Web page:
Additionally, bad has been turning into worse in the DIY community with the forced closure of The Iron Rail and Plan B, two established non-profits sharing a building in the Marigny. The Iron Rail, a resource center focused on printed media, and Plan B, a bicycle co-operative, are both important assets to  the city and contribute significantly to the vibrancy as well as to the vitality of New Orleans. More than just mere coincidence, the closing of these cultural establishments appears to be a direct attack on the community organizations and it’s members believed to be affiliated with the events at the Eris Parade.

Krewe of Eris met with police aggression, arrests during parade in New Orleans.


For those unfamiliar with  Krewe of Eris, it’s one of several unofficial, unsanctioned parades occurring during Carnival season in New Orleans. While typically many things to many different people, the Eris parade is undoubtedly an exuberant, unrestrained exhibition and celebration of creativity and individual expression.

Open to all, the Krewe of Eris has no membership requirements, no dues to be paid. Rolling for it’s seventh year this past Sunday, the parade traveled through areas of the Bywater, Marigny, and French Quarter in the city of New Orleans. As the procession of costumed paraders entered the French Quarter,  the crowd was met with increased police hostility. The situation escalated as Eris continued on its march, resulting in members of the New Orleans Police Department brandishing batons, pepper-spraying large groups of people, and arresting at least a dozen individuals believed to be affiliated with the parade.

For a city that prides itself on its proficiency at controlling crowds, the New Orleans Police Department publicly failed at handling this event in a professional manner, utilizing violence and random arrests in lieu of the “crowd control strategies and techniques” they are supposedly equipped with.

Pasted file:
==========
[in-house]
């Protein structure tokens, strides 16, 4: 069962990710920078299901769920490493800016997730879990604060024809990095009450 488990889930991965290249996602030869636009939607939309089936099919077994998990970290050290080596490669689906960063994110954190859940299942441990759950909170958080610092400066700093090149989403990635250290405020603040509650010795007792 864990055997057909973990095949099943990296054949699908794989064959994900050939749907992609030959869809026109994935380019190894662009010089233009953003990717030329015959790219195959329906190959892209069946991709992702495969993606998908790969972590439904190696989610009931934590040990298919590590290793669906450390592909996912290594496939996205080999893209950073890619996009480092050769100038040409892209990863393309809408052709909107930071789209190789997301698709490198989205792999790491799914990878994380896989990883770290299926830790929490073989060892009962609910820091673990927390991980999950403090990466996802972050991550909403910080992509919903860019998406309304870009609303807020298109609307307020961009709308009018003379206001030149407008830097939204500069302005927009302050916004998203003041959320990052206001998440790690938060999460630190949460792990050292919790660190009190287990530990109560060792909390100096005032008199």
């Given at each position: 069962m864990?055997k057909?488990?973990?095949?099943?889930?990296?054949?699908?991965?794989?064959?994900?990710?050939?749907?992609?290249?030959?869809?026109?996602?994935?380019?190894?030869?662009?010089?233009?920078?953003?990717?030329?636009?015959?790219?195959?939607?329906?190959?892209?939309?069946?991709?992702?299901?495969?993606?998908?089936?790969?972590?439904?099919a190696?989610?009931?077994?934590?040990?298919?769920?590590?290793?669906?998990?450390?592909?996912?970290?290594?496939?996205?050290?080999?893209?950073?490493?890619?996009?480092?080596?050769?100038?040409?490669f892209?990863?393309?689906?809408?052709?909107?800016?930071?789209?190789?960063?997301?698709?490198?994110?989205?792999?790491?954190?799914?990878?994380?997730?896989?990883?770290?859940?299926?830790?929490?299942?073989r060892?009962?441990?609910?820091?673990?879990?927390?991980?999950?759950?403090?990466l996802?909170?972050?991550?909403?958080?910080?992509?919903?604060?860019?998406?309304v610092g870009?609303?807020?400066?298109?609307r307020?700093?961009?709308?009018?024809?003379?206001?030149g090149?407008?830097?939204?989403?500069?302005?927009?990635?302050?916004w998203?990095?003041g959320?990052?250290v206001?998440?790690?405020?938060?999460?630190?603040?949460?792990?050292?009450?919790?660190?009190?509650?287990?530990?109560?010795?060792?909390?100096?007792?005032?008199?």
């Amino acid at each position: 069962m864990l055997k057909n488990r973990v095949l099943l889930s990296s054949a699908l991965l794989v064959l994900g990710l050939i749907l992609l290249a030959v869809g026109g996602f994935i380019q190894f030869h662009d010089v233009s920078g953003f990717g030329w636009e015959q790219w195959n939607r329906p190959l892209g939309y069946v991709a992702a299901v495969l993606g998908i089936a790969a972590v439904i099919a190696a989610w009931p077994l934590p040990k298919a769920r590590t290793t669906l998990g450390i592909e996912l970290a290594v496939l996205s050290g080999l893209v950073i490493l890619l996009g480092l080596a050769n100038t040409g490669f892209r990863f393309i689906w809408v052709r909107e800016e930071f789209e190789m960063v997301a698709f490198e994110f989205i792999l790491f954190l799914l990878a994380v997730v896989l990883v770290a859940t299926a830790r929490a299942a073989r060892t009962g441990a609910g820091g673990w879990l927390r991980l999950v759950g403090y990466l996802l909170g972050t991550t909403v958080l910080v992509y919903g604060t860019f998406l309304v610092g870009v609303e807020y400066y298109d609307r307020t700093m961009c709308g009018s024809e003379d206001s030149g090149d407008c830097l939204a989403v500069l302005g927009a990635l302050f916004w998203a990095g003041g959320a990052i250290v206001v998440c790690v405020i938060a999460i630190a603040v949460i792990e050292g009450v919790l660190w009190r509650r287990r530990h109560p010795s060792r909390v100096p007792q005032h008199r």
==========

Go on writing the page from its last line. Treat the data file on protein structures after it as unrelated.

The front page story on this incident from The Times Picayune can be read here. The excerpts below are from the New Orleans Independent Media website:

Sunday, March 6, 2011: Krewe of Eris parade attacked by NOPD

“The parade then moved forward, finally, following a course that took it into the French Quarter. We didn’t get far; it was clear the Eighth District didn’t want us there. Some neighborhoods are okay to parade in, and some, apparently, are not. The response to Eris entering the Quarter was swift and markedly more aggressive. A helicopter swept us with its spotlight– wait, does NOPD have a helicopter now? There was definitely one present. Police cars blocked off two sides of every intersection, directing the parade into two right turns: up one block and then directly back out towards Esplanade. All the cars at the intersections had their sirens going at ear-splitting volumes, as did the now-multiple cars behind us, which accelerated and roared their engines. Many paraders broke into a trot and then an unnerved run. Some crowded onto the sidewalks.”  Read more: Arrested at the Eris Parade

Also, a repost from nolaslate: “I ran back out the door and ran into a man who had been with Eris who told me that the cops had tried to blockade them at Esplanade, then Franklin, now here at Port. When I walked the half block to the intersection I saw cop cars everywhere, cops with a kid face down on the ground and all had their batons out and their attitudes in evidence. The police were very clearly spoiling for a fight.” Read More: Permitting Culture Crimes